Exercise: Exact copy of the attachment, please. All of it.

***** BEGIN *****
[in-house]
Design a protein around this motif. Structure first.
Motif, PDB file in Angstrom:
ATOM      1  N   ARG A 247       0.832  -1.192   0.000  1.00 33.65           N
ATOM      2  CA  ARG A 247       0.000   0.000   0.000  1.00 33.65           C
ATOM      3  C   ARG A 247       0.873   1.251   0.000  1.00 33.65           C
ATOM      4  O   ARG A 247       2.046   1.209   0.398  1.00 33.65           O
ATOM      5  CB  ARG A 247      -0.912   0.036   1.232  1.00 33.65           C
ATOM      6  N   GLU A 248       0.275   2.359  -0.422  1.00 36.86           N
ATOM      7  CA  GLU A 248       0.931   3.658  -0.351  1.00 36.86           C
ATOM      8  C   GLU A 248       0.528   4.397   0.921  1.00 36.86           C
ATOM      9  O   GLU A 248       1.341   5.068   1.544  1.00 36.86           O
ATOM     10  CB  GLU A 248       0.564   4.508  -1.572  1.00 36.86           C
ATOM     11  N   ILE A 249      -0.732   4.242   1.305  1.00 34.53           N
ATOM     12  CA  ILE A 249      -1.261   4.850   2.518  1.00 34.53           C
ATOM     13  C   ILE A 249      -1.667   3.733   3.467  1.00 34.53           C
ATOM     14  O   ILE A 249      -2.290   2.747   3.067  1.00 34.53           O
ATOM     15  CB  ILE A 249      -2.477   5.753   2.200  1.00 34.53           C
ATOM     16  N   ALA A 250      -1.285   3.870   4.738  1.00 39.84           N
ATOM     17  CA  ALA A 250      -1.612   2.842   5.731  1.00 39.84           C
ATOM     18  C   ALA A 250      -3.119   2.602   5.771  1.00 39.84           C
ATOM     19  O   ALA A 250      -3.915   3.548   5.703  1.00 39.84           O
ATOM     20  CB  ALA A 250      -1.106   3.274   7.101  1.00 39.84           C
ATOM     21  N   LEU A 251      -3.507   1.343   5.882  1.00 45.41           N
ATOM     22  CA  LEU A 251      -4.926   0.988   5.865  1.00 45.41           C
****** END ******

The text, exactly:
[in-house]
Design a protein around this motif. Structure first.
Motif, PDB file in Angstrom:
ATOM      1  N   ARG A 247       0.832  -1.192   0.000  1.00 33.65           N
ATOM      2  CA  ARG A 247       0.000   0.000   0.000  1.00 33.65           C
ATOM      3  C   ARG A 247       0.873   1.251   0.000  1.00 33.65           C
ATOM      4  O   ARG A 247       2.046   1.209   0.398  1.00 33.65           O
ATOM      5  CB  ARG A 247      -0.912   0.036   1.232  1.00 33.65           C
ATOM      6  N   GLU A 248       0.275   2.359  -0.422  1.00 36.86           N
ATOM      7  CA  GLU A 248       0.931   3.658  -0.351  1.00 36.86           C
ATOM      8  C   GLU A 248       0.528   4.397   0.921  1.00 36.86           C
ATOM      9  O   GLU A 248       1.341   5.068   1.544  1.00 36.86           O
ATOM     10  CB  GLU A 248       0.564   4.508  -1.572  1.00 36.86           C
ATOM     11  N   ILE A 249      -0.732   4.242   1.305  1.00 34.53           N
ATOM     12  CA  ILE A 249      -1.261   4.850   2.518  1.00 34.53           C
ATOM     13  C   ILE A 249      -1.667   3.733   3.467  1.00 34.53           C
ATOM     14  O   ILE A 249      -2.290   2.747   3.067  1.00 34.53           O
ATOM     15  CB  ILE A 249      -2.477   5.753   2.200  1.00 34.53           C
ATOM     16  N   ALA A 250      -1.285   3.870   4.738  1.00 39.84           N
ATOM     17  CA  ALA A 250      -1.612   2.842   5.731  1.00 39.84           C
ATOM     18  C   ALA A 250      -3.119   2.602   5.771  1.00 39.84           C
ATOM     19  O   ALA A 250      -3.915   3.548   5.703  1.00 39.84           O
ATOM     20  CB  ALA A 250      -1.106   3.274   7.101  1.00 39.84           C
ATOM     21  N   LEU A 251      -3.507   1.343   5.882  1.00 45.41           N
ATOM     22  CA  LEU A 251      -4.926   0.988   5.865  1.00 45.41           C